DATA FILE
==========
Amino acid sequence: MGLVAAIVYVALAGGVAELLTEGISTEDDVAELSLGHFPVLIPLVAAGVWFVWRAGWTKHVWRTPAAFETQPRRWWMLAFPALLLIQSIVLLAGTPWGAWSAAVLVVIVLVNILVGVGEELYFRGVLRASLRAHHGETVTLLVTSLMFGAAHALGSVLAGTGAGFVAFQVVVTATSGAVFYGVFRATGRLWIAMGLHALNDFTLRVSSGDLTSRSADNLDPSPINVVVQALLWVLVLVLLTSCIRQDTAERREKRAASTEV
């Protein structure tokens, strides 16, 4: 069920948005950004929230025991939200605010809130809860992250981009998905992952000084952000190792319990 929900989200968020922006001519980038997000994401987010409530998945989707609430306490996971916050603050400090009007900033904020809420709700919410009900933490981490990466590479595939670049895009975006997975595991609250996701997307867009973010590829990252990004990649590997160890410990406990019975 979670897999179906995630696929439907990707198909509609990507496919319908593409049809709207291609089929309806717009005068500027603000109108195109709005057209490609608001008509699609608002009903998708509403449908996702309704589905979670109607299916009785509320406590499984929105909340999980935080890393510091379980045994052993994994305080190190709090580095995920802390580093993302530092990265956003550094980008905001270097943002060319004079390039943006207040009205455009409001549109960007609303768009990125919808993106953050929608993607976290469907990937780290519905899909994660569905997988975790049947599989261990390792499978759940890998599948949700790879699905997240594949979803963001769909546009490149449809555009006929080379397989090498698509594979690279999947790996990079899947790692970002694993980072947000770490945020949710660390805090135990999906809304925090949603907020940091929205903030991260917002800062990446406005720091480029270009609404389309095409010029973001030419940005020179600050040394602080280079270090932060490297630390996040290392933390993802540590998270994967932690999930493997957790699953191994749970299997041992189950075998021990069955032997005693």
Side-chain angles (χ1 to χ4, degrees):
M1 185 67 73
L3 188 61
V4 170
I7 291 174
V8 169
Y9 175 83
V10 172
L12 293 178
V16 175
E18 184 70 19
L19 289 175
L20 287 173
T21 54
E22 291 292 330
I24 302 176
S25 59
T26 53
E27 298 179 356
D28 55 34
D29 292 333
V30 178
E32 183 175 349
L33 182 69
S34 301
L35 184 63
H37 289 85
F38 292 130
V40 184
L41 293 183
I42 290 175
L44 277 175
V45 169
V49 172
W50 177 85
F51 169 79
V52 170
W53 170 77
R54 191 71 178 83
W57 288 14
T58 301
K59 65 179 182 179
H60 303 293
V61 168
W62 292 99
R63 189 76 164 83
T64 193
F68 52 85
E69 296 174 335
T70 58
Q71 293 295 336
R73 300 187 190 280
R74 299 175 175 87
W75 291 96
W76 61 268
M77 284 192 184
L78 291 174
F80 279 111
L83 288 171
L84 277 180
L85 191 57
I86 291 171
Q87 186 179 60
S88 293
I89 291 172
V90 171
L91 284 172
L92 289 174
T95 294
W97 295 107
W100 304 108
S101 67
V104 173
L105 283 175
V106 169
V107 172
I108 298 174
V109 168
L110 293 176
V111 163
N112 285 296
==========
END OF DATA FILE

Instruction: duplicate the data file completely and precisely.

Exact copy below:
Amino acid sequence: MGLVAAIVYVALAGGVAELLTEGISTEDDVAELSLGHFPVLIPLVAAGVWFVWRAGWTKHVWRTPAAFETQPRRWWMLAFPALLLIQSIVLLAGTPWGAWSAAVLVVIVLVNILVGVGEELYFRGVLRASLRAHHGETVTLLVTSLMFGAAHALGSVLAGTGAGFVAFQVVVTATSGAVFYGVFRATGRLWIAMGLHALNDFTLRVSSGDLTSRSADNLDPSPINVVVQALLWVLVLVLLTSCIRQDTAERREKRAASTEV
């Protein structure tokens, strides 16, 4: 069920948005950004929230025991939200605010809130809860992250981009998905992952000084952000190792319990 929900989200968020922006001519980038997000994401987010409530998945989707609430306490996971916050603050400090009007900033904020809420709700919410009900933490981490990466590479595939670049895009975006997975595991609250996701997307867009973010590829990252990004990649590997160890410990406990019975 979670897999179906995630696929439907990707198909509609990507496919319908593409049809709207291609089929309806717009005068500027603000109108195109709005057209490609608001008509699609608002009903998708509403449908996702309704589905979670109607299916009785509320406590499984929105909340999980935080890393510091379980045994052993994994305080190190709090580095995920802390580093993302530092990265956003550094980008905001270097943002060319004079390039943006207040009205455009409001549109960007609303768009990125919808993106953050929608993607976290469907990937780290519905899909994660569905997988975790049947599989261990390792499978759940890998599948949700790879699905997240594949979803963001769909546009490149449809555009006929080379397989090498698509594979690279999947790996990079899947790692970002694993980072947000770490945020949710660390805090135990999906809304925090949603907020940091929205903030991260917002800062990446406005720091480029270009609404389309095409010029973001030419940005020179600050040394602080280079270090932060490297630390996040290392933390993802540590998270994967932690999930493997957790699953191994749970299997041992189950075998021990069955032997005693």
Side-chain angles (χ1 to χ4, degrees):
M1 185 67 73
L3 188 61
V4 170
I7 291 174
V8 169
Y9 175 83
V10 172
L12 293 178
V16 175
E18 184 70 19
L19 289 175
L20 287 173
T21 54
E22 291 292 330
I24 302 176
S25 59
T26 53
E27 298 179 356
D28 55 34
D29 292 333
V30 178
E32 183 175 349
L33 182 69
S34 301
L35 184 63
H37 289 85
F38 292 130
V40 184
L41 293 183
I42 290 175
L44 277 175
V45 169
V49 172
W50 177 85
F51 169 79
V52 170
W53 170 77
R54 191 71 178 83
W57 288 14
T58 301
K59 65 179 182 179
H60 303 293
V61 168
W62 292 99
R63 189 76 164 83
T64 193
F68 52 85
E69 296 174 335
T70 58
Q71 293 295 336
R73 300 187 190 280
R74 299 175 175 87
W75 291 96
W76 61 268
M77 284 192 184
L78 291 174
F80 279 111
L83 288 171
L84 277 180
L85 191 57
I86 291 171
Q87 186 179 60
S88 293
I89 291 172
V90 171
L91 284 172
L92 289 174
T95 294
W97 295 107
W100 304 108
S101 67
V104 173
L105 283 175
V106 169
V107 172
I108 298 174
V109 168
L110 293 176
V111 163
N112 285 296